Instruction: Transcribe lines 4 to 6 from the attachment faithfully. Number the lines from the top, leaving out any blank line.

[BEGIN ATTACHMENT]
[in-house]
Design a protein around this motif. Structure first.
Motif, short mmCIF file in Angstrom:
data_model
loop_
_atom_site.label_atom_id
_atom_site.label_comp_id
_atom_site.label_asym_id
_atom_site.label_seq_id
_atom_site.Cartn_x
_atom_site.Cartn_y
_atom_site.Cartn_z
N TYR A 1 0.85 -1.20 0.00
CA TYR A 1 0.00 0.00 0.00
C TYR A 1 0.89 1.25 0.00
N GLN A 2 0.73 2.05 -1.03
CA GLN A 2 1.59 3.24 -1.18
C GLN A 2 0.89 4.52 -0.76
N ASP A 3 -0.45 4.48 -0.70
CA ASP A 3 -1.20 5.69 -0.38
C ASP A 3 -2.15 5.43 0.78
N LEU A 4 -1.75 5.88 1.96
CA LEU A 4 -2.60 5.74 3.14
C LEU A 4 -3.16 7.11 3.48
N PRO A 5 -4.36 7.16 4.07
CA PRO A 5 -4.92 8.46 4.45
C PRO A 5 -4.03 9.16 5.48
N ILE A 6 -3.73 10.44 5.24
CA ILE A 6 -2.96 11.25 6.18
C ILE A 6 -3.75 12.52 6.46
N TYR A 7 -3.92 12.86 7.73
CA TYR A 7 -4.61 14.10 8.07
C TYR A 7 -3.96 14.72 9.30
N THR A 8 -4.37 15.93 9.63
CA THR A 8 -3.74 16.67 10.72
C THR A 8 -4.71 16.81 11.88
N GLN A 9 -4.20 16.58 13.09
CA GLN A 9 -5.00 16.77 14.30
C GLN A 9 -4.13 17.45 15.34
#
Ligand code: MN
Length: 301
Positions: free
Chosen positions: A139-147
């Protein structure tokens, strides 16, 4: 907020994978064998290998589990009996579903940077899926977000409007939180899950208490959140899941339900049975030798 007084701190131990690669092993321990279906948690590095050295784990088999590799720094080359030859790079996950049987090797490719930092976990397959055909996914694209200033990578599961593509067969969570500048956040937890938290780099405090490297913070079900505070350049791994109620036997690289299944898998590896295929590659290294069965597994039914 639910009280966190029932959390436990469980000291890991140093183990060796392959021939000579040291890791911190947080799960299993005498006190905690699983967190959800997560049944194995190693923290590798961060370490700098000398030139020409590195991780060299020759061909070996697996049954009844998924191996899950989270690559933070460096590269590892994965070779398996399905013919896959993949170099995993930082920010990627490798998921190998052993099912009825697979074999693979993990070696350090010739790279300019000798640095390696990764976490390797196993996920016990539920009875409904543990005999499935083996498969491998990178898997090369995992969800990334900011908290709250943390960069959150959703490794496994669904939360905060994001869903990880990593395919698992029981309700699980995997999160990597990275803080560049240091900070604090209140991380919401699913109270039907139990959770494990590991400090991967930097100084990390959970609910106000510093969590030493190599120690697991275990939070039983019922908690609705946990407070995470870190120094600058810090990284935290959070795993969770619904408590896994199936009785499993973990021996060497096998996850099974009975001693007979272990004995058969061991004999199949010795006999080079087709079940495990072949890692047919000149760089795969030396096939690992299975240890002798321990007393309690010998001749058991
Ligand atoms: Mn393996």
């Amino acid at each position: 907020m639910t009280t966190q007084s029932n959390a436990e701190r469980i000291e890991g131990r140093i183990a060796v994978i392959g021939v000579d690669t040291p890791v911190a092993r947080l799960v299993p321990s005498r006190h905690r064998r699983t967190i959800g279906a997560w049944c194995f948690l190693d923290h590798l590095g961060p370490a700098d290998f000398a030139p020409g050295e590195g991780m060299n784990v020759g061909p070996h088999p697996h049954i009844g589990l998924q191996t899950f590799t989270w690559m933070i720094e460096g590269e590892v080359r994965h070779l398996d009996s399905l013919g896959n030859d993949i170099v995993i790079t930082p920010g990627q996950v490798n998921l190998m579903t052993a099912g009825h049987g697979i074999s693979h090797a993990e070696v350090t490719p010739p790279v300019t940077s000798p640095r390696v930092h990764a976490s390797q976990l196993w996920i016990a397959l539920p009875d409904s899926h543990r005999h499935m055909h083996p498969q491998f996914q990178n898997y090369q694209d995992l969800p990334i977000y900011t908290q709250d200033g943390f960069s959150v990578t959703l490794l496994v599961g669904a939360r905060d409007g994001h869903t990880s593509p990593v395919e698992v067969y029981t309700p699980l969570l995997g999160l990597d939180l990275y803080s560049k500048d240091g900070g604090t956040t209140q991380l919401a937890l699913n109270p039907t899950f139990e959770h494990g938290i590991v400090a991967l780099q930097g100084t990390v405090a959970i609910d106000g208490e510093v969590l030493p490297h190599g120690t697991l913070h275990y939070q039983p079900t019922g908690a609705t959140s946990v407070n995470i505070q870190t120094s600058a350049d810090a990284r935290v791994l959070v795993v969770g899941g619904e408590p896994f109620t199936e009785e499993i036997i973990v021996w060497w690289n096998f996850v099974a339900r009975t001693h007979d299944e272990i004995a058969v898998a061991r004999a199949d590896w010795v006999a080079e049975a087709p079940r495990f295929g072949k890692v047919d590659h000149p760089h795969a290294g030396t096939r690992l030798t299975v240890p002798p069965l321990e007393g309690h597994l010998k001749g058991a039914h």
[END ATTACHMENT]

data_model
loop_
_atom_site.label_atom_id